Do I need a Shareholders Agreement?

A Shareholders’ Agreement is a contract between the shareholders of a company. It regulates the relationship between the shareholders and governs how a company is to be run.

Without a shareholders’ agreement in place, you may face disagreements between your shareholders on matters such as whether any important decisions, such as issuing more shares which dilute the power of existing shareholders or purchasing another business, need consent from all or nearly all shareholders; if any shareholder can transfer their shares as they think fit without first offering them to the other shareholders; and when your business is sold and how you go about this.

In the absence of a shareholders’ agreement, unless a matter specifically requires shareholder approval under company law or under the terms of your articles of association, it will be decided at the board level by default. This can be undesirable for certain key or sensitive decisions.

You should also bear in mind that if ownership of your company is shared evenly (for instance a 50:50 jointly-owned company), without a Shareholders’ Agreement there is also a chance of deadlock occurring. In the absence of a Shareholders’ Agreement, if the joint-owners of a company disagree on a certain matter, it can be very difficult to find a solution. A Shareholders’ Agreement seeks to pre-empt this by clearly allocating responsibility for decisions on certain key matters, and including a mechanism for resolving any deadlock which might occur.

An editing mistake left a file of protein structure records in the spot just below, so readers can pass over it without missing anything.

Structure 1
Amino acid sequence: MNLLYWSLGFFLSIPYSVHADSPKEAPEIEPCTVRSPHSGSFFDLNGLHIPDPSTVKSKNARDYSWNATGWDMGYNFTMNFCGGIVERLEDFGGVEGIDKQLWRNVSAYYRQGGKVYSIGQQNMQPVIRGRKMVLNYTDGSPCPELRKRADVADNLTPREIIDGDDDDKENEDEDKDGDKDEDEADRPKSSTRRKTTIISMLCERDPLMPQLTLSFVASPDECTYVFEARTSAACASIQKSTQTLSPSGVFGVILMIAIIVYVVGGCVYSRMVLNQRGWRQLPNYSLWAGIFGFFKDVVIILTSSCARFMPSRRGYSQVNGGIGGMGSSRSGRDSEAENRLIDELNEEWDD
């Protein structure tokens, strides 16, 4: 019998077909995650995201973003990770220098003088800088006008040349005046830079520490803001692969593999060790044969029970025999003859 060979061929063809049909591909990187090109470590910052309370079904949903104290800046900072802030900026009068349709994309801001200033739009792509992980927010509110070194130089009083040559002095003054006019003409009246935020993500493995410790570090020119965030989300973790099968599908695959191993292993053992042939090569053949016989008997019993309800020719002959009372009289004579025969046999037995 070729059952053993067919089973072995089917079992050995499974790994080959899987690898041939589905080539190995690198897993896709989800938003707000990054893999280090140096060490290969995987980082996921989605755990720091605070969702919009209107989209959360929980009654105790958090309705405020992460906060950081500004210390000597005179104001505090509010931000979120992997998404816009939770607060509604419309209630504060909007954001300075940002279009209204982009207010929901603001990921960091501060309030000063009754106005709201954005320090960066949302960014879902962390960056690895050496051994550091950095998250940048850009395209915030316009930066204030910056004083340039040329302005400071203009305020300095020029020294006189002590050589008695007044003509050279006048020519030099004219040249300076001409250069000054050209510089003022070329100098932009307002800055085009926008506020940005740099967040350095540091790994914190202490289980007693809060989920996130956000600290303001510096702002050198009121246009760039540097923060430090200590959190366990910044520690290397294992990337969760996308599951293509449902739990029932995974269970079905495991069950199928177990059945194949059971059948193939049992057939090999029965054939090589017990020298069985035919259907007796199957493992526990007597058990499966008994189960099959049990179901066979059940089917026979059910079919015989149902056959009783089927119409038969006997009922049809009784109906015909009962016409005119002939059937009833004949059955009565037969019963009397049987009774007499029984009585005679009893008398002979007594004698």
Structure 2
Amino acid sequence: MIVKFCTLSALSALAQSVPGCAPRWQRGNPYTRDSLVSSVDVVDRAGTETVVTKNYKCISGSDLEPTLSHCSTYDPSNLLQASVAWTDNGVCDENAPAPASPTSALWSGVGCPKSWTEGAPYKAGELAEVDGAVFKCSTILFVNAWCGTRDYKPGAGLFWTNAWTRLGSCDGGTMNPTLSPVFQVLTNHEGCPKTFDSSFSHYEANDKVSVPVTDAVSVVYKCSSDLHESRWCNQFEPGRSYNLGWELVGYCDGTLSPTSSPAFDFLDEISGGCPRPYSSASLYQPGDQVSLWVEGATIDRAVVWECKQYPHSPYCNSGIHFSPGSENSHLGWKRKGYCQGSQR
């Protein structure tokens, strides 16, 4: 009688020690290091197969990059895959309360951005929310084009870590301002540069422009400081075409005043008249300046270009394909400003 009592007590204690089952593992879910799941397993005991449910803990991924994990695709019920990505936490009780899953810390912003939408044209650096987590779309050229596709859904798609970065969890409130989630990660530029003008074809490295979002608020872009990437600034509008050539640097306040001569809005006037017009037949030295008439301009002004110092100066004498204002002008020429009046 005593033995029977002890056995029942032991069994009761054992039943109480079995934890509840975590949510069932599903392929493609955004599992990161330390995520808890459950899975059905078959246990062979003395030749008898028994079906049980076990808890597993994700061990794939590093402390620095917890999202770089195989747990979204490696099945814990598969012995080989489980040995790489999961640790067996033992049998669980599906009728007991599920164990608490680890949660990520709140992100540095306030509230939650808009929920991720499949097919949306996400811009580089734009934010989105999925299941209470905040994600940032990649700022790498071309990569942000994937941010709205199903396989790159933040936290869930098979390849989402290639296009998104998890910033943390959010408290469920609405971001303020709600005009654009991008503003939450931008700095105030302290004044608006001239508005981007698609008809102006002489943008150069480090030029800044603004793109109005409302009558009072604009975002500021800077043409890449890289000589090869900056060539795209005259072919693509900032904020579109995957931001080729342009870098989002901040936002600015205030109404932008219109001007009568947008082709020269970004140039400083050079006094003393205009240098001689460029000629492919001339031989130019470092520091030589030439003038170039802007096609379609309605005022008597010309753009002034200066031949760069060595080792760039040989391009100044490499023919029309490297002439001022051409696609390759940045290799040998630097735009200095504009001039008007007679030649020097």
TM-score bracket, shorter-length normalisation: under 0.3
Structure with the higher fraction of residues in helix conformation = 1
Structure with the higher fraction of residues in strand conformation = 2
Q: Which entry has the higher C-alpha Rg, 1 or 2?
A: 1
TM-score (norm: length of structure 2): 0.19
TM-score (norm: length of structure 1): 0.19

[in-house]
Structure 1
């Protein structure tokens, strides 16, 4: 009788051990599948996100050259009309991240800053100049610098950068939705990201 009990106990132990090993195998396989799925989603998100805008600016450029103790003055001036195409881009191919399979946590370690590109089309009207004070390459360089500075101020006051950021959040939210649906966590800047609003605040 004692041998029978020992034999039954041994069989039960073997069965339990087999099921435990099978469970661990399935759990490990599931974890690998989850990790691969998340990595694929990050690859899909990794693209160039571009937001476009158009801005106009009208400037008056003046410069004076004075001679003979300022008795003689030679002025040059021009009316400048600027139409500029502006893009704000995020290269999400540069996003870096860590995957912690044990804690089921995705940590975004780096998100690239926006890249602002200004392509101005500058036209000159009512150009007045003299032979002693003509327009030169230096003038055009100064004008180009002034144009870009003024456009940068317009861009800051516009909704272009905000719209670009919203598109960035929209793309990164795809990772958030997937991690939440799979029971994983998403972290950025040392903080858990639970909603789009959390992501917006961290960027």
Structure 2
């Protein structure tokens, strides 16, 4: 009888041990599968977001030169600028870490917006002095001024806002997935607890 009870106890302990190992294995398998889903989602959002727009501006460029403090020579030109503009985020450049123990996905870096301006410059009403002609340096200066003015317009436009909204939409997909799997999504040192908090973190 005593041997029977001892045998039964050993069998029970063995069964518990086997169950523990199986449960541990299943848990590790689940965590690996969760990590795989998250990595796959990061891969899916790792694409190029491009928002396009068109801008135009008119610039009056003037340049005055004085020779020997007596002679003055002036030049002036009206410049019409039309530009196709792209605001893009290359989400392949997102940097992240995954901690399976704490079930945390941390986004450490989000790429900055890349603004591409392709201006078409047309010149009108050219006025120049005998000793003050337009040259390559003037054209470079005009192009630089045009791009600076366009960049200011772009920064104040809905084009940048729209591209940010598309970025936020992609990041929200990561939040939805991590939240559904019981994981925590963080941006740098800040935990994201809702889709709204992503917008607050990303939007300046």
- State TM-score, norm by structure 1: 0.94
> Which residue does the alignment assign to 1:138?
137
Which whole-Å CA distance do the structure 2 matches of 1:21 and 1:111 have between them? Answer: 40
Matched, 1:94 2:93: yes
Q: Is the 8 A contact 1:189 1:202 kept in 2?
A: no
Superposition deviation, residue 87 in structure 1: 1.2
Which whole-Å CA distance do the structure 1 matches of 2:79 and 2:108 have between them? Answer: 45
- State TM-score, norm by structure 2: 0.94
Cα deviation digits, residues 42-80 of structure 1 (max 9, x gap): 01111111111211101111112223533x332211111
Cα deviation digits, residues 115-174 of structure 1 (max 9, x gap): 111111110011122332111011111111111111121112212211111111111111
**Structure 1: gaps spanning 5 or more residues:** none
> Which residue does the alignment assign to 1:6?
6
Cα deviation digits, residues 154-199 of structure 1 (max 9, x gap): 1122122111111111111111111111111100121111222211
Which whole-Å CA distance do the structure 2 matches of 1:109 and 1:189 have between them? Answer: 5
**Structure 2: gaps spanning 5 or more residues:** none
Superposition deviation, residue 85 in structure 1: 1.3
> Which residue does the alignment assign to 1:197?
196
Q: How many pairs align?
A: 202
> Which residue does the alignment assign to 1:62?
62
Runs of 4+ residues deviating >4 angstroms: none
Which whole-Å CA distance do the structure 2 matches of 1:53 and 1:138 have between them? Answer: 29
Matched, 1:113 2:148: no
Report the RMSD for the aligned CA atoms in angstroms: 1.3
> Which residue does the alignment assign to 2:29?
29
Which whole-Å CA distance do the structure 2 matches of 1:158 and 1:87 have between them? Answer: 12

This agreement can be tailored to your company’s requirements and is an important tool to help ensure the smooth running of your company and minimise the risk of disputes between shareholders. In particular, it includes important provisions setting out how and when shares can be issued or transferred, who should be responsible for approving shareholder decisions on certain important matters, and ultimately how and when your company can be sold.

This Shareholders’ Agreement contains provisions regarding:

  • the business of your company;
  • the composition and chair of your company’s board;
  • transfer of existing shares and issue of new shares;
  • what happens when a shareholder dies;
  • which decisions should require shareholders’ consent;
  • when minority shareholders can be required to sell their shares; and
  • how shareholders should resolve any deadlock or dispute which might occur.

This template Shareholders’ Agreement should be signed by a director on behalf of your company, and by all of your company’s shareholders.

Become a Strand Sahara member for just £35 a month to access our Shareholders’ Agreement and many more agreements and templates for your business. Find out more here: Standard Membership

Related posts


Let's talk

Book a free 15 minute call to discover how we can support you

%d bloggers like this: